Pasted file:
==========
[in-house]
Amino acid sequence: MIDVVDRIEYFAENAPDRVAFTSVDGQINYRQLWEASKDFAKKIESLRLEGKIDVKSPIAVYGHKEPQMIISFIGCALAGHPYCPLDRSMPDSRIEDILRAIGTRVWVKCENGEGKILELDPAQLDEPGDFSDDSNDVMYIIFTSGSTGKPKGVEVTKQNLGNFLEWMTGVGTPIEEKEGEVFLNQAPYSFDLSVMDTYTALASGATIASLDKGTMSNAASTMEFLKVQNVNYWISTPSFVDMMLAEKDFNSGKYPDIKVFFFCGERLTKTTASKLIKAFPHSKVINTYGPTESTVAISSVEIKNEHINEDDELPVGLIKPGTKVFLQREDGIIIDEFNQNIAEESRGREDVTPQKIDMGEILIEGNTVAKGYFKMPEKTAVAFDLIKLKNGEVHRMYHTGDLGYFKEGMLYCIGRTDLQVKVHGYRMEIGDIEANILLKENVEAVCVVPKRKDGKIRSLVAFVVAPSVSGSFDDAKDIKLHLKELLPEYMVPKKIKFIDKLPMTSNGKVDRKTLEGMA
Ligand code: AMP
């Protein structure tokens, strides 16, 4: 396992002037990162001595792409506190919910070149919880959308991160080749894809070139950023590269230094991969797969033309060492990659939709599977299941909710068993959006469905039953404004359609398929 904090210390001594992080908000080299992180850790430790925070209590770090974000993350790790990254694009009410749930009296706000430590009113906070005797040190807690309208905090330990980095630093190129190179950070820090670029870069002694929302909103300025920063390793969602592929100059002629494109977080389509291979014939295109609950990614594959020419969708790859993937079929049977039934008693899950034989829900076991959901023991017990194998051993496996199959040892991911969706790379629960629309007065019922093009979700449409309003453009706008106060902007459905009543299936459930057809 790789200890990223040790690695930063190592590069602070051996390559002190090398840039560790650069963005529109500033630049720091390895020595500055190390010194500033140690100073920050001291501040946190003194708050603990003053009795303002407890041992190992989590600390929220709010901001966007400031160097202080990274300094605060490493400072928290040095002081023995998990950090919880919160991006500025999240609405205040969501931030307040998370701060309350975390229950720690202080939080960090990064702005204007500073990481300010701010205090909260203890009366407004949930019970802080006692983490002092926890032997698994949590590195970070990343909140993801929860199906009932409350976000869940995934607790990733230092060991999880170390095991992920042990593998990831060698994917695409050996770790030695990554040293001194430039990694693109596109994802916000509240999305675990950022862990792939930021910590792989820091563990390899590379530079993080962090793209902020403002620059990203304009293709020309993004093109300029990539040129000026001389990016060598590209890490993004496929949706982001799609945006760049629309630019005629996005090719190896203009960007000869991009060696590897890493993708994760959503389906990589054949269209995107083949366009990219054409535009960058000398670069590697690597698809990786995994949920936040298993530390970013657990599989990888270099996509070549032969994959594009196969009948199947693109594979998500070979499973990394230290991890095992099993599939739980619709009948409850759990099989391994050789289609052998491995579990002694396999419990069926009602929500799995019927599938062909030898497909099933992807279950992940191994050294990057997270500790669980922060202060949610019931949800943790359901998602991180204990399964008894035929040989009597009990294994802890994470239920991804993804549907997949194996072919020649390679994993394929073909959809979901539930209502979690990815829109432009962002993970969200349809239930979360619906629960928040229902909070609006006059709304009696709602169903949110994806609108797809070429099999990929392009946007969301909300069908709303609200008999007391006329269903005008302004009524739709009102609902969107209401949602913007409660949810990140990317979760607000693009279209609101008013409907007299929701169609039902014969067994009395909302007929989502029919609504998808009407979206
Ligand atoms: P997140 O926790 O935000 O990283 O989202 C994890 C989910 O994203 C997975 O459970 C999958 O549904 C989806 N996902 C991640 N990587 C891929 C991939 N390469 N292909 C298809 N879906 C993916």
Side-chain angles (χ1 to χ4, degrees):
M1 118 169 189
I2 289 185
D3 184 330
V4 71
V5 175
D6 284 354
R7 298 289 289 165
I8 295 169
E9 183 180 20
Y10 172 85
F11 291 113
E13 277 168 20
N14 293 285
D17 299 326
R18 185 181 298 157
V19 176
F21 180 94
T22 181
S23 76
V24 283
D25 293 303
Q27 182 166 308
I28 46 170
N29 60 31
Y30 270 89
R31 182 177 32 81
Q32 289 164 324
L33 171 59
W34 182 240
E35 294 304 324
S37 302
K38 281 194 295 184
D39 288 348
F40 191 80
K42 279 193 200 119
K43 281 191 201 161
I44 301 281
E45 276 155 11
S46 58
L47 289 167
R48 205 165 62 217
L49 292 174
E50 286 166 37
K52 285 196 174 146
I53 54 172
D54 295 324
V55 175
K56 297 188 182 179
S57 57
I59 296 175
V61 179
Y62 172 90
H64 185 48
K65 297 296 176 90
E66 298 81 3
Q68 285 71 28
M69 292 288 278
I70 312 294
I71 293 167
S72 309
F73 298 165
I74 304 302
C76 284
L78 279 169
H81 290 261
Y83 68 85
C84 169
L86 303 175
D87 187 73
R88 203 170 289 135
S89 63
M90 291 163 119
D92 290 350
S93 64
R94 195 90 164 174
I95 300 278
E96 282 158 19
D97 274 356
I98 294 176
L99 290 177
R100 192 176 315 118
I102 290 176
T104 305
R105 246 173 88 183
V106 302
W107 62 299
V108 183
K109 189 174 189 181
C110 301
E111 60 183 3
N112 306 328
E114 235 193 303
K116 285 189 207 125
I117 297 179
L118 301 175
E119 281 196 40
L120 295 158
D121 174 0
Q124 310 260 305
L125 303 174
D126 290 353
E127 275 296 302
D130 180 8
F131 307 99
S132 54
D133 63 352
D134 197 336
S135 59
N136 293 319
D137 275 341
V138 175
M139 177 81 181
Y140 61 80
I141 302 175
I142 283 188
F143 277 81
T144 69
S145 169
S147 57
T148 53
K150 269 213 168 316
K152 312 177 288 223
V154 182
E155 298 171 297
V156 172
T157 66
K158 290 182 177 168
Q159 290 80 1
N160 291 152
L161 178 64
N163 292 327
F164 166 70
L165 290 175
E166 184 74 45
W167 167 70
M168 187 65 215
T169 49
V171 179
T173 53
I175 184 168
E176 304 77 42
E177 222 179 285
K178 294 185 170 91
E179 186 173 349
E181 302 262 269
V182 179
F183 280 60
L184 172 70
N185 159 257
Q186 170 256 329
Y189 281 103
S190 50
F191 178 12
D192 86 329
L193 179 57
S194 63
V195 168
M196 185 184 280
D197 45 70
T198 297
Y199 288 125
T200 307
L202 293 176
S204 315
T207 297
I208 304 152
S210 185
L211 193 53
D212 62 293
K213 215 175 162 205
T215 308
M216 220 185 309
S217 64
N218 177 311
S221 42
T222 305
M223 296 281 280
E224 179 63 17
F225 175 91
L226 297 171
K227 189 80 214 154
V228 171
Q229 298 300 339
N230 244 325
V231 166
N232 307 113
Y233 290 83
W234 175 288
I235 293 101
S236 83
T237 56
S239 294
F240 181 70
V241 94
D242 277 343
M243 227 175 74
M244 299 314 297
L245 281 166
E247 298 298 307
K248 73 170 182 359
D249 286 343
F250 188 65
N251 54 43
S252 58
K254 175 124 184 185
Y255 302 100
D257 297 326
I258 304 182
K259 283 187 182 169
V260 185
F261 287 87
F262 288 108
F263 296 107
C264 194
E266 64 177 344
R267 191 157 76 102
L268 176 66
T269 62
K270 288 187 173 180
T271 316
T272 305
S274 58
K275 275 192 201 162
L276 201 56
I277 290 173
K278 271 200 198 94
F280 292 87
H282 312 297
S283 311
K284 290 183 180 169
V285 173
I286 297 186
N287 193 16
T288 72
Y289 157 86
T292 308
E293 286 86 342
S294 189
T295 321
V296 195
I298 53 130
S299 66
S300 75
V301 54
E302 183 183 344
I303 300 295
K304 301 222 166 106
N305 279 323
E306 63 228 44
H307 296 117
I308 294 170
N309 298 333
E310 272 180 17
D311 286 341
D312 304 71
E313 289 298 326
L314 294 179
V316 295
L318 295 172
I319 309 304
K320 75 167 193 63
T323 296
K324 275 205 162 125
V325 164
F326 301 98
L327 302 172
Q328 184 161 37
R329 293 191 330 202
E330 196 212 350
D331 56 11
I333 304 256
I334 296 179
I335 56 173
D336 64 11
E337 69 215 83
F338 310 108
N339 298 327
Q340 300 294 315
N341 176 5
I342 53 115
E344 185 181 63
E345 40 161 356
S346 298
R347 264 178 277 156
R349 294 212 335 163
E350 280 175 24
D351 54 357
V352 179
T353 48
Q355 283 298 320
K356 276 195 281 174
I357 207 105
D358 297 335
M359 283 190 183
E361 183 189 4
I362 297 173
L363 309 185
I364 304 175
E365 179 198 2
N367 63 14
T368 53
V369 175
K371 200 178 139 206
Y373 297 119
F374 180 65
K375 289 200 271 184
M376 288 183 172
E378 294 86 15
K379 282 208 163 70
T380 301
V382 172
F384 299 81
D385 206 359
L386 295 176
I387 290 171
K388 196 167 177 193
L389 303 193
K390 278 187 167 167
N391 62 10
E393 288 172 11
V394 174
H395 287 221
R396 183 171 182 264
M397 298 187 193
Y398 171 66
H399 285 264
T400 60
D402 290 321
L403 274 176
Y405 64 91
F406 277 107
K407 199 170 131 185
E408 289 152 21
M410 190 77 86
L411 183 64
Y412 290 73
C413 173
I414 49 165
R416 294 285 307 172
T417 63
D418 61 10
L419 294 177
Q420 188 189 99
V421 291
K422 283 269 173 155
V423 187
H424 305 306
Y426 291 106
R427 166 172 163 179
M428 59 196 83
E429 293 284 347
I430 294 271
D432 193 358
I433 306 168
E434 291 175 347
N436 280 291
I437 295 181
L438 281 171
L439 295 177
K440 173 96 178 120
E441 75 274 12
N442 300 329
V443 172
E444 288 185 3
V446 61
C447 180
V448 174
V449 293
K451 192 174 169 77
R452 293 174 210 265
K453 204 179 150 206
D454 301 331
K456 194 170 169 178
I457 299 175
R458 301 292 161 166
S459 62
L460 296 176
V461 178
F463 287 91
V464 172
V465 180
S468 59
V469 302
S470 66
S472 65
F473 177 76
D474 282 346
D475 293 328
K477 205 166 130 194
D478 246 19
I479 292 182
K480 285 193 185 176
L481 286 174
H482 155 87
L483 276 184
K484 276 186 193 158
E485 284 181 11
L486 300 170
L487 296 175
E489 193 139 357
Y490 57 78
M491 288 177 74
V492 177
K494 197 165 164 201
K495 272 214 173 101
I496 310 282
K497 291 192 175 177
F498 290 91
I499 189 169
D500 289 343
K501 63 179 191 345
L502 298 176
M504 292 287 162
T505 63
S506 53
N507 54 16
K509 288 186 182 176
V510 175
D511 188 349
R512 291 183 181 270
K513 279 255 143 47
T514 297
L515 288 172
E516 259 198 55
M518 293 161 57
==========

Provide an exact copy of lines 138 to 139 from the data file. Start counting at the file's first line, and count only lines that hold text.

F164 166 70
L165 290 175